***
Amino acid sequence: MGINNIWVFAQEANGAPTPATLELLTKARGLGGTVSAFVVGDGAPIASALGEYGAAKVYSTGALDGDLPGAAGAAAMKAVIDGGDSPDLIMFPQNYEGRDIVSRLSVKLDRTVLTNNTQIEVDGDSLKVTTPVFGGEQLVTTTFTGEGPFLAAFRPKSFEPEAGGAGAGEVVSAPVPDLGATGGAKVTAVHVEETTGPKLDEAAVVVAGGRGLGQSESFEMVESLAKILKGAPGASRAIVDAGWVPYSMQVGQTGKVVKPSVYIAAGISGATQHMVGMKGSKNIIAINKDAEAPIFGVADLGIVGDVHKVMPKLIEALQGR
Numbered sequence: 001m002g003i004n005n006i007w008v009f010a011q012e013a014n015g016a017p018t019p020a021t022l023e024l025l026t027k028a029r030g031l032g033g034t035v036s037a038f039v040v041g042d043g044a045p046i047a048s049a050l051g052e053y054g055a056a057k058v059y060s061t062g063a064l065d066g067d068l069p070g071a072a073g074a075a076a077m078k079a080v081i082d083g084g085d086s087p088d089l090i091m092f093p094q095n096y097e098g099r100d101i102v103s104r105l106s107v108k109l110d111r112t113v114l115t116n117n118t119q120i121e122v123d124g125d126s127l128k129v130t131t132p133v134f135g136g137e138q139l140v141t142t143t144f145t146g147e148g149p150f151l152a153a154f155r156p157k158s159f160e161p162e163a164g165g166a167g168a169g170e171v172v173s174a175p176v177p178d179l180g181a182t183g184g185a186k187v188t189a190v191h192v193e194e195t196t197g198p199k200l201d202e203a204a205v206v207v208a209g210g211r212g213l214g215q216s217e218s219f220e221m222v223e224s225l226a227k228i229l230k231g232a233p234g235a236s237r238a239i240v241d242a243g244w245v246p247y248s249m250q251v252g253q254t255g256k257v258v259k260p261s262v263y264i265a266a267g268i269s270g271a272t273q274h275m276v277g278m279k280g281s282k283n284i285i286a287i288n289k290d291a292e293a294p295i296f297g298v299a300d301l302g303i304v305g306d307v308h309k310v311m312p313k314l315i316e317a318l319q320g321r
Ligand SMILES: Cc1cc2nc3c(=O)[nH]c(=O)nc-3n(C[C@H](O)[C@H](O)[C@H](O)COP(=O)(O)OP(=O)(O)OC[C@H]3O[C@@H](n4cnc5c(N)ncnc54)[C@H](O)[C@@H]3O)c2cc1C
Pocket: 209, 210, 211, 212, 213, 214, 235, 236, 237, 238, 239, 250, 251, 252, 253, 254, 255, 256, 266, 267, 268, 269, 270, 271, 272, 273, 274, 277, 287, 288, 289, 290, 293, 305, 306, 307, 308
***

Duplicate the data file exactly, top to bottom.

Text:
Amino acid sequence: MGINNIWVFAQEANGAPTPATLELLTKARGLGGTVSAFVVGDGAPIASALGEYGAAKVYSTGALDGDLPGAAGAAAMKAVIDGGDSPDLIMFPQNYEGRDIVSRLSVKLDRTVLTNNTQIEVDGDSLKVTTPVFGGEQLVTTTFTGEGPFLAAFRPKSFEPEAGGAGAGEVVSAPVPDLGATGGAKVTAVHVEETTGPKLDEAAVVVAGGRGLGQSESFEMVESLAKILKGAPGASRAIVDAGWVPYSMQVGQTGKVVKPSVYIAAGISGATQHMVGMKGSKNIIAINKDAEAPIFGVADLGIVGDVHKVMPKLIEALQGR
Numbered sequence: 001m002g003i004n005n006i007w008v009f010a011q012e013a014n015g016a017p018t019p020a021t022l023e024l025l026t027k028a029r030g031l032g033g034t035v036s037a038f039v040v041g042d043g044a045p046i047a048s049a050l051g052e053y054g055a056a057k058v059y060s061t062g063a064l065d066g067d068l069p070g071a072a073g074a075a076a077m078k079a080v081i082d083g084g085d086s087p088d089l090i091m092f093p094q095n096y097e098g099r100d101i102v103s104r105l106s107v108k109l110d111r112t113v114l115t116n117n118t119q120i121e122v123d124g125d126s127l128k129v130t131t132p133v134f135g136g137e138q139l140v141t142t143t144f145t146g147e148g149p150f151l152a153a154f155r156p157k158s159f160e161p162e163a164g165g166a167g168a169g170e171v172v173s174a175p176v177p178d179l180g181a182t183g184g185a186k187v188t189a190v191h192v193e194e195t196t197g198p199k200l201d202e203a204a205v206v207v208a209g210g211r212g213l214g215q216s217e218s219f220e221m222v223e224s225l226a227k228i229l230k231g232a233p234g235a236s237r238a239i240v241d242a243g244w245v246p247y248s249m250q251v252g253q254t255g256k257v258v259k260p261s262v263y264i265a266a267g268i269s270g271a272t273q274h275m276v277g278m279k280g281s282k283n284i285i286a287i288n289k290d291a292e293a294p295i296f297g298v299a300d301l302g303i304v305g306d307v308h309k310v311m312p313k314l315i316e317a318l319q320g321r
Ligand SMILES: Cc1cc2nc3c(=O)[nH]c(=O)nc-3n(C[C@H](O)[C@H](O)[C@H](O)COP(=O)(O)OP(=O)(O)OC[C@H]3O[C@@H](n4cnc5c(N)ncnc54)[C@H](O)[C@@H]3O)c2cc1C
Pocket: 209, 210, 211, 212, 213, 214, 235, 236, 237, 238, 239, 250, 251, 252, 253, 254, 255, 256, 266, 267, 268, 269, 270, 271, 272, 273, 274, 277, 287, 288, 289, 290, 293, 305, 306, 307, 308